Jens Christensen and Signe Krogstrup introduce a third channel via which QE leads to lower interest rates.
Quantitative easing (QE) aims to reduce long-term interest rates, either broadly or in specific markets. Empirical evidence suggests that QE has indeed been effective. The preliminary experience with QE by the ECB’s QE lends further support. Yet, we still do not know exactly why QE programmes are effective at reducing long-term interest rates.
The literature has focused on two main channels of transmission. One is a signalling channel, which works through lowering market expectations about future policy rates (see, e.g., Bauer and Rudebusch 2011 and Christensen and Rudebusch 2012). Another is a supply-induced portfolio balance channel arising from reductions in the supply of the purchased asset available to market participants (see, e.g., Gagnon et al. 2011 and Krishnamurthy and Vissing-Jorgensen 2011).
In a recent paper, we argue that the expansion of central bank reserves that is a defining feature of QE programmes, is likely to also play an important role in the transmission (Christensen and Krogstrup 2015). The basic idea builds on Bernanke and Reinhart (2004) who suggest that an expansion of reserves could give rise to asset price changes through portfolio balance effects. Our contribution is to propose how this channel might work
- Central to our argument is that central bank reserves can only be held by banks, and that this segmentation of the market for reserves matters for how central bank asset purchases affect private financial sector balance sheets, and hence, the financial market reaction.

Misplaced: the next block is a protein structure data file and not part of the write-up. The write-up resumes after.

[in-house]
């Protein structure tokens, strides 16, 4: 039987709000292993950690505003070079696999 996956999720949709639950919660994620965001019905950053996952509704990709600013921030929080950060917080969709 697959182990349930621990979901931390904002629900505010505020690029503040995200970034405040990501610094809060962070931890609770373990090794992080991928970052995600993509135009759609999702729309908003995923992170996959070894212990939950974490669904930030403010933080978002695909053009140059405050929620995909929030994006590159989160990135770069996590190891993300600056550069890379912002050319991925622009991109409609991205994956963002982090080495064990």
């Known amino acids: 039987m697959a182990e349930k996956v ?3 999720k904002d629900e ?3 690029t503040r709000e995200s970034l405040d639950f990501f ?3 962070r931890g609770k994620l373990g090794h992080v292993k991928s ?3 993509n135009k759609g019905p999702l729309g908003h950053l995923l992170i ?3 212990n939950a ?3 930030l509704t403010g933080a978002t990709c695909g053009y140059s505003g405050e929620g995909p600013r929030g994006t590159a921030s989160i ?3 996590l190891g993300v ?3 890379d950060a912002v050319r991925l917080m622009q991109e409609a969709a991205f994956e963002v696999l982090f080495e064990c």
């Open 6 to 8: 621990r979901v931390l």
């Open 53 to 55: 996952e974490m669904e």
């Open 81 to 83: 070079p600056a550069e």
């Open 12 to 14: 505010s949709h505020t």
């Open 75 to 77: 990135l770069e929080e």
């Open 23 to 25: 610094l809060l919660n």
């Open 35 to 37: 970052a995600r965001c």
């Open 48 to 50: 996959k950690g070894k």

There is a nice example where the authors show how QE works in this seting. Usually, we look at the transmission between central bank and banks. Then we draw balance sheets to understand the changes in balance sheets and expected changes in rates. The authors introduce a non banking entities in the cycle which help in figuring the reserve channel.
They use this in Swiss QE which was not attempted to lower int rates but target exchange rates. Still yields declined:
We provide supportive empirical evidence of the reserve-induced channel in Christensen and Krogstrup (2015) by analysing the large expansion of reserves undertaken by the Swiss National Bank in August 2011. These reserve expansions were unique and different from QE programmes implemented at other central banks, in that the Swiss National Bank only acquired short-term claims and left the available stock of long-term securities unchanged. By design, therefore, this programme cannot have had any supply-induced portfolio balance effects on long-term yields. We find that Swiss long-term government bond yields declined following the three key Swiss National Bank announcements, and show that these declines came predominantly from the reserve-induced portfolio balance channel.
Our research suggests that the strength of the reserve-induced channel depends on the specific market participants, their asset preferences and substitutability, and market structure in the economy in question. Such features have not yet been analysed in connection with assessments of the effectiveness of QE. If reserve-induced effects are material, the implication is that QE programmes can be implemented through purchases of assets other than long-term bonds and still reduce long-term yields
All highly technical stuff..